If you want to transfer your property to your children by way of love and affection whilst you are alive, you or your children will still need to pay stamp duty over the transfer of the property (calculated based on the value of the property) albeit with a 50% remission of stamp duty. Conversely, if your property is transferred via a Will, your children will only need to pay a nominal fee of RM10.00 of stamp duty. The latter fee applies to all changes of name (transfer of name on the title) through a Will.
Marriage vs Will
1. I will get married in a few months. I understand that if I make a Will now, my marriage will invalidate my will. Should I still make a Will now?
A Will made prior to marriage will be automatically revoked upon marriage, or remarriage, unless your Will expressly contains a ‘contemplation of marriage’ clause. Therefore, it is our advice that you may proceed provided you make sure the Will includes a ‘contemplation of marriage’ clause to ensure the Will’s validity after your marriage.
2. Will my divorce automatically invalidate my Will?
No, divorce unlike marriage does not automatically invalidate your Will. That being said, upon divorce, we suggest reviewing and amending your Will.
3. I intend to distribute all my assets to my children, but in the future I may have more children. Should I make a Will now or later?
If you intend to distribute your assets to all your children equally, it is perfectly fine to make a Will now provided your Will uses the term “children” without referring to the names of your children individually and that your Will states that your assets are to be distributed equally amongst them.
Wills and Amendment
1. Under what circumstances should I amend my Will?
We suggest that the following circumstances ought to prompt you to amend your Will: -
Divorce / Remarriage;
When there is a change of name of yourself or any of your beneficiaries;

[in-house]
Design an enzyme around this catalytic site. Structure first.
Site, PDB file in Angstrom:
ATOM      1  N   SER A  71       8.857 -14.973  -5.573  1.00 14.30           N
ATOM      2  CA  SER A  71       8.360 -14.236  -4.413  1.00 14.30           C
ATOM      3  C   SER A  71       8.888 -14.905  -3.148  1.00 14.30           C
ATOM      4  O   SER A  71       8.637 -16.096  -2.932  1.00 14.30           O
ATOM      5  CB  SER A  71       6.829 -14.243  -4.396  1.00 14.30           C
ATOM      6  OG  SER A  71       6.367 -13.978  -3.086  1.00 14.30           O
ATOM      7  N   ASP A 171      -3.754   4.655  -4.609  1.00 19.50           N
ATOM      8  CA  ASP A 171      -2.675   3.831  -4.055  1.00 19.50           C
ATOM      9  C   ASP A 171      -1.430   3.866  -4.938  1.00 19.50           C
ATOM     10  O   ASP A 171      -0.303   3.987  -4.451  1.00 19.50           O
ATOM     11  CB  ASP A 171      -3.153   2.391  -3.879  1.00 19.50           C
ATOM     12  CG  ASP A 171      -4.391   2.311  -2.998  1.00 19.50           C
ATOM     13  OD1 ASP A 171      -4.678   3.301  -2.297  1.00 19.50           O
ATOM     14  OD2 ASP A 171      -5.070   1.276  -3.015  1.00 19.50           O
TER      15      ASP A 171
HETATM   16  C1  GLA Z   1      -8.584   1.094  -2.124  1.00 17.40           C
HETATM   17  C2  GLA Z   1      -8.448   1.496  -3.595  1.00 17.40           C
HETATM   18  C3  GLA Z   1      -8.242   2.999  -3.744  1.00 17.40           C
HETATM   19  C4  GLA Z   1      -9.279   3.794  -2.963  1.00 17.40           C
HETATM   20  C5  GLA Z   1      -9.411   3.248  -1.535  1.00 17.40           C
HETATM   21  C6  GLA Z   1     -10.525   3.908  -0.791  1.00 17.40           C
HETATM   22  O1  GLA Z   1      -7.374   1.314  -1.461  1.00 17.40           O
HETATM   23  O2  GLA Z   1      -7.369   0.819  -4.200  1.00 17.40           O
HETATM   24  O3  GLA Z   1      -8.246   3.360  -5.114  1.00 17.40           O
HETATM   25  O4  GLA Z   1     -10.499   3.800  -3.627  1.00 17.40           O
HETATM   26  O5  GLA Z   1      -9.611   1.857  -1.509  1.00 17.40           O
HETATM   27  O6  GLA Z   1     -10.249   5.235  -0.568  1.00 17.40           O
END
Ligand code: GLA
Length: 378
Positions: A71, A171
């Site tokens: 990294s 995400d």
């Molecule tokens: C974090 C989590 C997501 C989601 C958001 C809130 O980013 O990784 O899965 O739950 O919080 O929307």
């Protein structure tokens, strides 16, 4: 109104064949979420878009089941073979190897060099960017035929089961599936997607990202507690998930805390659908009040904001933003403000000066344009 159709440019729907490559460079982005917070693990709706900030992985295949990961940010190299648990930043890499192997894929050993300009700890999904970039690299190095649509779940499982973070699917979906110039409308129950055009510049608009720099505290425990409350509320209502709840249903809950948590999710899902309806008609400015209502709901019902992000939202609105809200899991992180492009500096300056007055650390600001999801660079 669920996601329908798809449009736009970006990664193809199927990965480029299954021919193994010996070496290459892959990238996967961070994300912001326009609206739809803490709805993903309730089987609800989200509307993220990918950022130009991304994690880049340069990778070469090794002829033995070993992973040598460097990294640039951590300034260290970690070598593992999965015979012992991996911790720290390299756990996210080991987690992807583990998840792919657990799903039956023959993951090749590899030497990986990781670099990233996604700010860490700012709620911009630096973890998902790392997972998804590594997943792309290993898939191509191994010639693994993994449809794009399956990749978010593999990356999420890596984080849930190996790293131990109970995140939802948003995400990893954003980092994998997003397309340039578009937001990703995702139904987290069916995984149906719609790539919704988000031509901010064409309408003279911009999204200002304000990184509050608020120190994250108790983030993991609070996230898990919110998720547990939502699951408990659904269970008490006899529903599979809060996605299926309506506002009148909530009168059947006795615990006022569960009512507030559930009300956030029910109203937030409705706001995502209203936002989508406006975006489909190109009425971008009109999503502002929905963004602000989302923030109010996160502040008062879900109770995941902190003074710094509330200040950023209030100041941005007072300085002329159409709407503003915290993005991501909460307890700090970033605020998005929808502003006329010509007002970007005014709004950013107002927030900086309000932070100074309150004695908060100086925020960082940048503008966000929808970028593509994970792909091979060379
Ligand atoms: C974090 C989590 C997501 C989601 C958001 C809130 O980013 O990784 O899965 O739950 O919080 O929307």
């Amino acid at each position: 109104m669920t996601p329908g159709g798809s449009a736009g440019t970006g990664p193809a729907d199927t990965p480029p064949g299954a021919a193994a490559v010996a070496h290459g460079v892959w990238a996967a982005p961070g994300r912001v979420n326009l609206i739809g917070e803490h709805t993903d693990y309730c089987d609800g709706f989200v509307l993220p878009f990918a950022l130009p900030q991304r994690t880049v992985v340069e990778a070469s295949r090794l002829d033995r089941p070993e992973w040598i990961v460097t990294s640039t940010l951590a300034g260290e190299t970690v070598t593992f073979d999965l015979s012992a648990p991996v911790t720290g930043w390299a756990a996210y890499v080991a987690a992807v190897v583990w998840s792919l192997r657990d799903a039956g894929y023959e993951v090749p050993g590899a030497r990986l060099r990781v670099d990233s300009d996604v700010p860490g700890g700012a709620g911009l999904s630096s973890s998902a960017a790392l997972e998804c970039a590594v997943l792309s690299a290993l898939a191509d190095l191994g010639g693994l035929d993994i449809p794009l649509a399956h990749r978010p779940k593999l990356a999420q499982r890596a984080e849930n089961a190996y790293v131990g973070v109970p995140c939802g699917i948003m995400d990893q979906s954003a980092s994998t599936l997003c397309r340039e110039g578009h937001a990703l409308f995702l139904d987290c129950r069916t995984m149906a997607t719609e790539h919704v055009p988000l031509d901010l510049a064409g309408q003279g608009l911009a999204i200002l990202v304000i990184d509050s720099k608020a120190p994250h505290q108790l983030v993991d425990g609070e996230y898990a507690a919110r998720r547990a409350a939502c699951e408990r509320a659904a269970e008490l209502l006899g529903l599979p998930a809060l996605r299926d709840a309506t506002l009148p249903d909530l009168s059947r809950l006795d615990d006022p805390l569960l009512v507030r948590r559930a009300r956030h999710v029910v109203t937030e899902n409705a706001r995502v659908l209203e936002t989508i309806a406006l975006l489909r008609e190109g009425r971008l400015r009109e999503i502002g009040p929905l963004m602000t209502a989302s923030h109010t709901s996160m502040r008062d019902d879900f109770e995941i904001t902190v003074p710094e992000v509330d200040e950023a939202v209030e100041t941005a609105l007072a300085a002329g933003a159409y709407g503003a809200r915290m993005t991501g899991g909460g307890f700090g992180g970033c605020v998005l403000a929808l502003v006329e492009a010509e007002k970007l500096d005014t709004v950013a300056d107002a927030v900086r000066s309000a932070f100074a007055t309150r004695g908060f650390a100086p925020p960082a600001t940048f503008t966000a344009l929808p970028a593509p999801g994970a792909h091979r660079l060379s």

Where there is a change of beneficiary;
The executor of your Will dies / the executor of your Will is incapable of distributing your assets on your behalf; and
Your children turn 18 years old and therefore obtains the age of majority.
Distribution of Wills
1. Am I able to donate my assets to charity?
Yes you may donate as such, as you are free to distribute your inheritance. You will need to include in your Will information about your chosen charity to facilitate future enforcement.
2. I hypothetically did not make a Will. What if I pass away without a spouse, children, and my parents have also passed away? Will the government acquire my assets after my death?
If you pass away without a Will in the above circumstances, your assets will be distributed in the following order: -
Siblings-> Grandparents-> Siblings of parents-> Great grandparents-> Siblings of great grandparents-> Government
Therefore, it is only in the event where there are no other relatives that the Government acquires your assets.
3. If I did not make a Will, but I have parents, a spouse and children, how are my assets going to be distributed upon my passing?
Your assets will be distributed in accordance with section 6 of the Distribution Act 1958, as shown in the table below.
有⽴遗嘱 VS 没⽴遗嘱
答：若没有遗嘱，遗产是不会⾃动转让予家⼈或亲属，相反的死者的遗产将被冻结。根据1958年分配法令，他的家庭成员必须申请遗产管理委任书（Letters of Administration）以便解开被冻结的遗产。这个⼿续将耗时数年，费⽤也昂贵许多。
兄弟姐妹 -> 祖⽗⺟ -> ⽗⺟的兄弟姐妹 -> 曾祖⽗⺟ -> 曾祖⽗⺟的兄弟姐妹 -> 政府